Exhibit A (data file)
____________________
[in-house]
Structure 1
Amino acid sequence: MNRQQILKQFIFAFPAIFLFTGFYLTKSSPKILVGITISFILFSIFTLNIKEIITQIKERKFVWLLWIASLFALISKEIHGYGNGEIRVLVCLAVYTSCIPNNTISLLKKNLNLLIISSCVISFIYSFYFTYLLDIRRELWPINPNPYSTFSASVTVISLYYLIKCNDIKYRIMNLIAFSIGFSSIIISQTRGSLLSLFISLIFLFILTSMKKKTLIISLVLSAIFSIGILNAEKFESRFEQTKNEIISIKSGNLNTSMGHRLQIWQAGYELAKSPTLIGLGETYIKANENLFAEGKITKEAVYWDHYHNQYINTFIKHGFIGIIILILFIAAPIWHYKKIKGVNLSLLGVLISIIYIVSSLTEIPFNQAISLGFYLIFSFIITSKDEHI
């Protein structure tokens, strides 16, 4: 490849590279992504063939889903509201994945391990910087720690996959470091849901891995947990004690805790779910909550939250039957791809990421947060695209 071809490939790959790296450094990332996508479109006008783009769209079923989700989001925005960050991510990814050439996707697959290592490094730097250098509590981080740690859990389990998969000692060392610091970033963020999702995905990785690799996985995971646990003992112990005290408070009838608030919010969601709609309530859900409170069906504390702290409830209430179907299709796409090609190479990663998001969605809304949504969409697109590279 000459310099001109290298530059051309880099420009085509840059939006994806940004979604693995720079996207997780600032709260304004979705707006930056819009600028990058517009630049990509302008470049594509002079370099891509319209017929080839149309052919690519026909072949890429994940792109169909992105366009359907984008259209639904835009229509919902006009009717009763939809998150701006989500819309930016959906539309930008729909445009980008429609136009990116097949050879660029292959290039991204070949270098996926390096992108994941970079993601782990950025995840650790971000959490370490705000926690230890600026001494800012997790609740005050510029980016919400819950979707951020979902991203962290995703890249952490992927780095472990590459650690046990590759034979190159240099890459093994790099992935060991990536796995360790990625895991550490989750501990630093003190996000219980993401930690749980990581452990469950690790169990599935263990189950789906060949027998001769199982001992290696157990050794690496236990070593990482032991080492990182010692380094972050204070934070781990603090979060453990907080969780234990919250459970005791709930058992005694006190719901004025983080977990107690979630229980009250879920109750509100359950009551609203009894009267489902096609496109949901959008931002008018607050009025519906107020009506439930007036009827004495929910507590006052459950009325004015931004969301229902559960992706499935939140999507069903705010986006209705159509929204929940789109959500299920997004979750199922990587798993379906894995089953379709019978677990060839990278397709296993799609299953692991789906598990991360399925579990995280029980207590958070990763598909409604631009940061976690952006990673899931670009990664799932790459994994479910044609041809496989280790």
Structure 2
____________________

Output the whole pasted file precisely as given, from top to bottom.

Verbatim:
[in-house]
Structure 1
Amino acid sequence: MNRQQILKQFIFAFPAIFLFTGFYLTKSSPKILVGITISFILFSIFTLNIKEIITQIKERKFVWLLWIASLFALISKEIHGYGNGEIRVLVCLAVYTSCIPNNTISLLKKNLNLLIISSCVISFIYSFYFTYLLDIRRELWPINPNPYSTFSASVTVISLYYLIKCNDIKYRIMNLIAFSIGFSSIIISQTRGSLLSLFISLIFLFILTSMKKKTLIISLVLSAIFSIGILNAEKFESRFEQTKNEIISIKSGNLNTSMGHRLQIWQAGYELAKSPTLIGLGETYIKANENLFAEGKITKEAVYWDHYHNQYINTFIKHGFIGIIILILFIAAPIWHYKKIKGVNLSLLGVLISIIYIVSSLTEIPFNQAISLGFYLIFSFIITSKDEHI
């Protein structure tokens, strides 16, 4: 490849590279992504063939889903509201994945391990910087720690996959470091849901891995947990004690805790779910909550939250039957791809990421947060695209 071809490939790959790296450094990332996508479109006008783009769209079923989700989001925005960050991510990814050439996707697959290592490094730097250098509590981080740690859990389990998969000692060392610091970033963020999702995905990785690799996985995971646990003992112990005290408070009838608030919010969601709609309530859900409170069906504390702290409830209430179907299709796409090609190479990663998001969605809304949504969409697109590279 000459310099001109290298530059051309880099420009085509840059939006994806940004979604693995720079996207997780600032709260304004979705707006930056819009600028990058517009630049990509302008470049594509002079370099891509319209017929080839149309052919690519026909072949890429994940792109169909992105366009359907984008259209639904835009229509919902006009009717009763939809998150701006989500819309930016959906539309930008729909445009980008429609136009990116097949050879660029292959290039991204070949270098996926390096992108994941970079993601782990950025995840650790971000959490370490705000926690230890600026001494800012997790609740005050510029980016919400819950979707951020979902991203962290995703890249952490992927780095472990590459650690046990590759034979190159240099890459093994790099992935060991990536796995360790990625895991550490989750501990630093003190996000219980993401930690749980990581452990469950690790169990599935263990189950789906060949027998001769199982001992290696157990050794690496236990070593990482032991080492990182010692380094972050204070934070781990603090979060453990907080969780234990919250459970005791709930058992005694006190719901004025983080977990107690979630229980009250879920109750509100359950009551609203009894009267489902096609496109949901959008931002008018607050009025519906107020009506439930007036009827004495929910507590006052459950009325004015931004969301229902559960992706499935939140999507069903705010986006209705159509929204929940789109959500299920997004979750199922990587798993379906894995089953379709019978677990060839990278397709296993799609299953692991789906598990991360399925579990995280029980207590958070990763598909409604631009940061976690952006990673899931670009990664799932790459994994479910044609041809496989280790």
Structure 2